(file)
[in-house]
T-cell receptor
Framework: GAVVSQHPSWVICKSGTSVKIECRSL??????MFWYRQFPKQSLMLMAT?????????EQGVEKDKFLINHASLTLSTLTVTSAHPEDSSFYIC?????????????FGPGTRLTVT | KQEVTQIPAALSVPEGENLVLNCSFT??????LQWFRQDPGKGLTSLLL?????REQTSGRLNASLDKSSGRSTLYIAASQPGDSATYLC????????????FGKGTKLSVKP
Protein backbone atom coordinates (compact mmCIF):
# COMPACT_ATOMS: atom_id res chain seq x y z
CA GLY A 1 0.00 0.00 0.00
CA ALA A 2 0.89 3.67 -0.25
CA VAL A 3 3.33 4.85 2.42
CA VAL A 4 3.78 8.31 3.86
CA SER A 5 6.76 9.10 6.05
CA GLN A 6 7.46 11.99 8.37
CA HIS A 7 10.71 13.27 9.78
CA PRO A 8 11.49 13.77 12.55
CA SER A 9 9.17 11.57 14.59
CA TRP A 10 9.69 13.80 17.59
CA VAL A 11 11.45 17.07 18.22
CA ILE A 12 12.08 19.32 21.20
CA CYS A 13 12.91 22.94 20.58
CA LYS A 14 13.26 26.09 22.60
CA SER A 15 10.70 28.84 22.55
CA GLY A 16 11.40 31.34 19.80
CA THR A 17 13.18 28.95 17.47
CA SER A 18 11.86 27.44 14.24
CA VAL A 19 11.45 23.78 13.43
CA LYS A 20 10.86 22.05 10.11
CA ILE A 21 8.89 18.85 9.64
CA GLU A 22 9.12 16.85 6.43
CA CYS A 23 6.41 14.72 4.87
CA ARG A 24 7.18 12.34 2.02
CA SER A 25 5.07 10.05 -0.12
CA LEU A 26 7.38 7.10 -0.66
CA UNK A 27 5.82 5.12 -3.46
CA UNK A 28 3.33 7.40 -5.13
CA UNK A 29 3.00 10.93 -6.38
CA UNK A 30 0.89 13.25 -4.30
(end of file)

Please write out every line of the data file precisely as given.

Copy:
[in-house]
T-cell receptor
Framework: GAVVSQHPSWVICKSGTSVKIECRSL??????MFWYRQFPKQSLMLMAT?????????EQGVEKDKFLINHASLTLSTLTVTSAHPEDSSFYIC?????????????FGPGTRLTVT | KQEVTQIPAALSVPEGENLVLNCSFT??????LQWFRQDPGKGLTSLLL?????REQTSGRLNASLDKSSGRSTLYIAASQPGDSATYLC????????????FGKGTKLSVKP
Protein backbone atom coordinates (compact mmCIF):
# COMPACT_ATOMS: atom_id res chain seq x y z
CA GLY A 1 0.00 0.00 0.00
CA ALA A 2 0.89 3.67 -0.25
CA VAL A 3 3.33 4.85 2.42
CA VAL A 4 3.78 8.31 3.86
CA SER A 5 6.76 9.10 6.05
CA GLN A 6 7.46 11.99 8.37
CA HIS A 7 10.71 13.27 9.78
CA PRO A 8 11.49 13.77 12.55
CA SER A 9 9.17 11.57 14.59
CA TRP A 10 9.69 13.80 17.59
CA VAL A 11 11.45 17.07 18.22
CA ILE A 12 12.08 19.32 21.20
CA CYS A 13 12.91 22.94 20.58
CA LYS A 14 13.26 26.09 22.60
CA SER A 15 10.70 28.84 22.55
CA GLY A 16 11.40 31.34 19.80
CA THR A 17 13.18 28.95 17.47
CA SER A 18 11.86 27.44 14.24
CA VAL A 19 11.45 23.78 13.43
CA LYS A 20 10.86 22.05 10.11
CA ILE A 21 8.89 18.85 9.64
CA GLU A 22 9.12 16.85 6.43
CA CYS A 23 6.41 14.72 4.87
CA ARG A 24 7.18 12.34 2.02
CA SER A 25 5.07 10.05 -0.12
CA LEU A 26 7.38 7.10 -0.66
CA UNK A 27 5.82 5.12 -3.46
CA UNK A 28 3.33 7.40 -5.13
CA UNK A 29 3.00 10.93 -6.38
CA UNK A 30 0.89 13.25 -4.30